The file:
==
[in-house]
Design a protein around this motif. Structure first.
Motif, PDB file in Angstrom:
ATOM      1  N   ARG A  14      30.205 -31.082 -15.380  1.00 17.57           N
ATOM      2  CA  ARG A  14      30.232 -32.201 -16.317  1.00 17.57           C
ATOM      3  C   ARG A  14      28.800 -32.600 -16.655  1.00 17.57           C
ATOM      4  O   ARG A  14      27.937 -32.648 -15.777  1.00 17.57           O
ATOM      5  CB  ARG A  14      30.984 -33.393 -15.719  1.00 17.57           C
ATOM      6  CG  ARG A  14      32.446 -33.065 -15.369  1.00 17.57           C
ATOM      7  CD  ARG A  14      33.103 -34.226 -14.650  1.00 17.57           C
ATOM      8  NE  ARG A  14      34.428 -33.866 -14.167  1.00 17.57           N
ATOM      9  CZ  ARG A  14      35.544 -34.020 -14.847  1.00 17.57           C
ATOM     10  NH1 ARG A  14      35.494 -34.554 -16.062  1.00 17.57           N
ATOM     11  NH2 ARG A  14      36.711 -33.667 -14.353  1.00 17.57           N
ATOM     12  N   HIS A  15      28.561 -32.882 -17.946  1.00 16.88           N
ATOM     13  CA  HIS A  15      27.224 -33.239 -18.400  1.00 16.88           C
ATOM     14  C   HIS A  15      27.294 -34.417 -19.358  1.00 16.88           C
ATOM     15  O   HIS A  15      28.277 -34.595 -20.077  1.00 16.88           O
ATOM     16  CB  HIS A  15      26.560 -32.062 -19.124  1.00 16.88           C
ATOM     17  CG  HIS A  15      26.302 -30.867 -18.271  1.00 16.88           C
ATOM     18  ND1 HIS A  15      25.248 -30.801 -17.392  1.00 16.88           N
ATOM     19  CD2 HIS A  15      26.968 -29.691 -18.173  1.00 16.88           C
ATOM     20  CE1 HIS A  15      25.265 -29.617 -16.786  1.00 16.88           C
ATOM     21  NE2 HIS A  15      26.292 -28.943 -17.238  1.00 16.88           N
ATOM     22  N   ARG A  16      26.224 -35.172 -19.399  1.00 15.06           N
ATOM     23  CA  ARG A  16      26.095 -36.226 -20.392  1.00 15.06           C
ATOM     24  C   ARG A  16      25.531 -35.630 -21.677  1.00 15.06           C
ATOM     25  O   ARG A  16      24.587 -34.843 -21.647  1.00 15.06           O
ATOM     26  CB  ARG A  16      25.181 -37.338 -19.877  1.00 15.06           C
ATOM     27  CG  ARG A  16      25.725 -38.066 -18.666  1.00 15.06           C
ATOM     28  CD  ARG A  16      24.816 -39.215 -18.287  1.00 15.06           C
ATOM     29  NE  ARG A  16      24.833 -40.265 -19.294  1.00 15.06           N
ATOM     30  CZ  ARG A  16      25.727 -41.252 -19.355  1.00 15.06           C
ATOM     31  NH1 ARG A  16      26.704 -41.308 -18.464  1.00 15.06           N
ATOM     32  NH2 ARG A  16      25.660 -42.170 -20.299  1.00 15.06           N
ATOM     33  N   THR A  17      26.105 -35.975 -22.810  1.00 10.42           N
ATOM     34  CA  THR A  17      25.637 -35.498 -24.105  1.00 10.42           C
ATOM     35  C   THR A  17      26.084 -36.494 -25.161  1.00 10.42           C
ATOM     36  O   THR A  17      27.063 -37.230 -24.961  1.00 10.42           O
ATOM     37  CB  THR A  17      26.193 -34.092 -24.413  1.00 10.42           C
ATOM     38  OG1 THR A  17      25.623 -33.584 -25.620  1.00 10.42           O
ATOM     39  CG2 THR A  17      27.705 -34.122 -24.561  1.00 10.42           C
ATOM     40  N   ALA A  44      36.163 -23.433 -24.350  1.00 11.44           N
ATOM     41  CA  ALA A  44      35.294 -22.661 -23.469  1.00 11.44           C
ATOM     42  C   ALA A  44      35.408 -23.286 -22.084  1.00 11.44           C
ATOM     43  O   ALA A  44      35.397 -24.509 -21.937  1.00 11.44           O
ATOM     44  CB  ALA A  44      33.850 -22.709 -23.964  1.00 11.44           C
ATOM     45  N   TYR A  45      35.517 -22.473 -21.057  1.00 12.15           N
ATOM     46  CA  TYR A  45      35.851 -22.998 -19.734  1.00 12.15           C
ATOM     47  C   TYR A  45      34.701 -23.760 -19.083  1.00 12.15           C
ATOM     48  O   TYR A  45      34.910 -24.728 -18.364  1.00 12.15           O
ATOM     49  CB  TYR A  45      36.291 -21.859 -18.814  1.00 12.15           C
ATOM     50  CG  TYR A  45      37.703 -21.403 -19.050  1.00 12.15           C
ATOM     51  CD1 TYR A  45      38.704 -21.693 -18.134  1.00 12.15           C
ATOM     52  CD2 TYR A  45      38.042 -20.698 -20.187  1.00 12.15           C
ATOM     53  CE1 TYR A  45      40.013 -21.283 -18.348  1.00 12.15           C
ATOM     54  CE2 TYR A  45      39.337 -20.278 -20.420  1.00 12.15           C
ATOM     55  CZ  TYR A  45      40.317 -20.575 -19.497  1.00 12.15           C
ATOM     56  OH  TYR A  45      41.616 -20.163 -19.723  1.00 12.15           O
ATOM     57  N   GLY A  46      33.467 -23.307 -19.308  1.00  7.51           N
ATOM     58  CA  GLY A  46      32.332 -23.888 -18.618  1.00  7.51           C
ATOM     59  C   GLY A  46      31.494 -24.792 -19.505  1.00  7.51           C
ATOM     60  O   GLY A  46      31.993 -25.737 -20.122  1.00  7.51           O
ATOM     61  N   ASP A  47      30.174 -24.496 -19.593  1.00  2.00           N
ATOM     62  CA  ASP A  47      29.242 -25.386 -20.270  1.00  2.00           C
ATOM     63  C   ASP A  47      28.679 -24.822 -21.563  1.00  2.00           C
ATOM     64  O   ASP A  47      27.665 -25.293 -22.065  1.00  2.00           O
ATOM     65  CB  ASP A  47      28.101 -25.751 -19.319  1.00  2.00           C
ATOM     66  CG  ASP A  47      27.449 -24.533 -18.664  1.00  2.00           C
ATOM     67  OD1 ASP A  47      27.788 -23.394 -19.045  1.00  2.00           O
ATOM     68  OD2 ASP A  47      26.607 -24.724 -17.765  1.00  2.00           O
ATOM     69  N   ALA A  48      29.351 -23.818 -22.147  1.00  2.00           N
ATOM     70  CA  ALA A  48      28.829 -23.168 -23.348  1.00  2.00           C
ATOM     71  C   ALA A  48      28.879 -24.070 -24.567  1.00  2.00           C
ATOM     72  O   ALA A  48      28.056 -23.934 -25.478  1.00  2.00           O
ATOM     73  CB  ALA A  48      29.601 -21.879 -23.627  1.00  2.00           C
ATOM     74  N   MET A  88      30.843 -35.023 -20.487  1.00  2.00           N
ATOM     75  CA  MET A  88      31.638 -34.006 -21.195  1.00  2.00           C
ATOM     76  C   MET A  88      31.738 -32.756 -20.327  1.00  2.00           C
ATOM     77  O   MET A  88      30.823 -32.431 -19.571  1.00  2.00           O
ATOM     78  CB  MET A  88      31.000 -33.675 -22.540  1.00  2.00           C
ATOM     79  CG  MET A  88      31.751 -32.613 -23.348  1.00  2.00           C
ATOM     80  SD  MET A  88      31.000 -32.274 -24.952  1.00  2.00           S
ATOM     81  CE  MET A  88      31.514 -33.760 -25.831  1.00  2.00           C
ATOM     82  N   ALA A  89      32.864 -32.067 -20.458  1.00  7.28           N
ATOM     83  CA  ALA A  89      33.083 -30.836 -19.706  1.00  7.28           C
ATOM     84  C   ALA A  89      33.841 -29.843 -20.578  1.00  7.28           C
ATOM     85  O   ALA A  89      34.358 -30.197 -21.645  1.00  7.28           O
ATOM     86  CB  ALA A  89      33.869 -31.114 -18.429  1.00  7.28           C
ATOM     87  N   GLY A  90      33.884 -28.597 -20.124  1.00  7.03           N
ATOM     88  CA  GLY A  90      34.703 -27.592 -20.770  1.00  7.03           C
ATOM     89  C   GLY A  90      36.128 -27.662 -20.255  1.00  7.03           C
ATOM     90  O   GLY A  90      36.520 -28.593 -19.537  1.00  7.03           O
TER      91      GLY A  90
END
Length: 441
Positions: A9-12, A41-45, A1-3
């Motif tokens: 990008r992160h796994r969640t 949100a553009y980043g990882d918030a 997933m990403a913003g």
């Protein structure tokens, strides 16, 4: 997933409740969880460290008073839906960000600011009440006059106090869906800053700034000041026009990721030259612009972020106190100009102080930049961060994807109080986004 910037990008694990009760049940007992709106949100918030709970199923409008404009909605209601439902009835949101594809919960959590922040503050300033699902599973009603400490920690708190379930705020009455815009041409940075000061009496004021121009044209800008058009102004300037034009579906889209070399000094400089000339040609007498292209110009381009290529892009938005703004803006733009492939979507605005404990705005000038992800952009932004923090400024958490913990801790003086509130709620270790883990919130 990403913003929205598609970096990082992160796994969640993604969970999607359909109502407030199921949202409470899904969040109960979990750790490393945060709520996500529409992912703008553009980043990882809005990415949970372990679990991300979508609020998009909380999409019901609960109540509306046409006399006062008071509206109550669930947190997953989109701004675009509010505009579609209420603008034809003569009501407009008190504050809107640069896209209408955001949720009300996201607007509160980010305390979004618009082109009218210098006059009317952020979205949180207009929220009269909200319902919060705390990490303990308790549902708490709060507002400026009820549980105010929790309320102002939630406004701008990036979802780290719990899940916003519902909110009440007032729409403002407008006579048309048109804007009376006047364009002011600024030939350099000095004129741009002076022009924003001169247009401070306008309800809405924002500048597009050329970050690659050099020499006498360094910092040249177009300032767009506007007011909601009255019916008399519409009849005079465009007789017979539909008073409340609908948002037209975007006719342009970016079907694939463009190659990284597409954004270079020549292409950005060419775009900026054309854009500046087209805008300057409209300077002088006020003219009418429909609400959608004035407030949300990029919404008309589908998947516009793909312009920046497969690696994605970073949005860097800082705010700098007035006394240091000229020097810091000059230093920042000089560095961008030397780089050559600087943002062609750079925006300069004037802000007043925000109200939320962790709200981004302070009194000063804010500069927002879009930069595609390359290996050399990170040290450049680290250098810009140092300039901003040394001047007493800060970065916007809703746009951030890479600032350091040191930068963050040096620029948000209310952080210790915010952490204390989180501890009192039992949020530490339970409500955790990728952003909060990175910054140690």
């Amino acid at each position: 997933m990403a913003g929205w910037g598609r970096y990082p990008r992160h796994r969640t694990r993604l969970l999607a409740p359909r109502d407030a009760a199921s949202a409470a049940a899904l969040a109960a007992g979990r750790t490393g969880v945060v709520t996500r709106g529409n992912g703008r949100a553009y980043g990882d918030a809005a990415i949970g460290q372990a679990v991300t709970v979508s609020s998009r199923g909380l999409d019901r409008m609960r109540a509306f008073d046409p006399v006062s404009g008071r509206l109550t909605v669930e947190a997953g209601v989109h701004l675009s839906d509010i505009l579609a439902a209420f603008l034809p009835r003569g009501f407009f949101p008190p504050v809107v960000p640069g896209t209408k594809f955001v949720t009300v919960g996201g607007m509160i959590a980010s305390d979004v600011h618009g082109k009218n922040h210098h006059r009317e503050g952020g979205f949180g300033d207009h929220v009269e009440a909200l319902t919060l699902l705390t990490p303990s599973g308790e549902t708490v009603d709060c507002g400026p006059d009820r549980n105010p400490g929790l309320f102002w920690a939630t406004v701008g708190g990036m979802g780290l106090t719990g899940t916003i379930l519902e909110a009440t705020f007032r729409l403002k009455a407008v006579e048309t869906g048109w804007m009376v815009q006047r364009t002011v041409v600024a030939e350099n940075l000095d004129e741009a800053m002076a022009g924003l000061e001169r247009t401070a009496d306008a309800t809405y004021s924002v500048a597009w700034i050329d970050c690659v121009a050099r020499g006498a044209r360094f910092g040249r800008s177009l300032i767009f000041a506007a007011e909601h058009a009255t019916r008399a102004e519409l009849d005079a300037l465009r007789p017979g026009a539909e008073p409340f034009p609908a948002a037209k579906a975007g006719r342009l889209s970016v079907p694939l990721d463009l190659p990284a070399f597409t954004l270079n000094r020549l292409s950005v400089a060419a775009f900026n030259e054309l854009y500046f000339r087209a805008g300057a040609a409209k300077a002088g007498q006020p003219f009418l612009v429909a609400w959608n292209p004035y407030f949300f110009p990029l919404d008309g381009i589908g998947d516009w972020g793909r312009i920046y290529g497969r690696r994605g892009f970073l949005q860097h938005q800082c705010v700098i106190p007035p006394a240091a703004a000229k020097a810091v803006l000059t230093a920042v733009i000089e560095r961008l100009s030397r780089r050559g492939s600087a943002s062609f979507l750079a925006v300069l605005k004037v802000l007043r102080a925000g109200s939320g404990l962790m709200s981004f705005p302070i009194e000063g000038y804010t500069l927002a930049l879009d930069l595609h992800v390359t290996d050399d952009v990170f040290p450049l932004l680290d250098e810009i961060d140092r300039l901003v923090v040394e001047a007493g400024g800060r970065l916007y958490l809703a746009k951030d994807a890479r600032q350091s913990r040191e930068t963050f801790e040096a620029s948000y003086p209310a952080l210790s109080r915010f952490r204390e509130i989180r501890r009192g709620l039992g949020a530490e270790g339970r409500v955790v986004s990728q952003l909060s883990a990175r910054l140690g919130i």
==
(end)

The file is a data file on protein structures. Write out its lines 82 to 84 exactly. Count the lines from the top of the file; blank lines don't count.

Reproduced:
ATOM     79  CG  MET A  88      31.751 -32.613 -23.348  1.00  2.00           C
ATOM     80  SD  MET A  88      31.000 -32.274 -24.952  1.00  2.00           S
ATOM     81  CE  MET A  88      31.514 -33.760 -25.831  1.00  2.00           C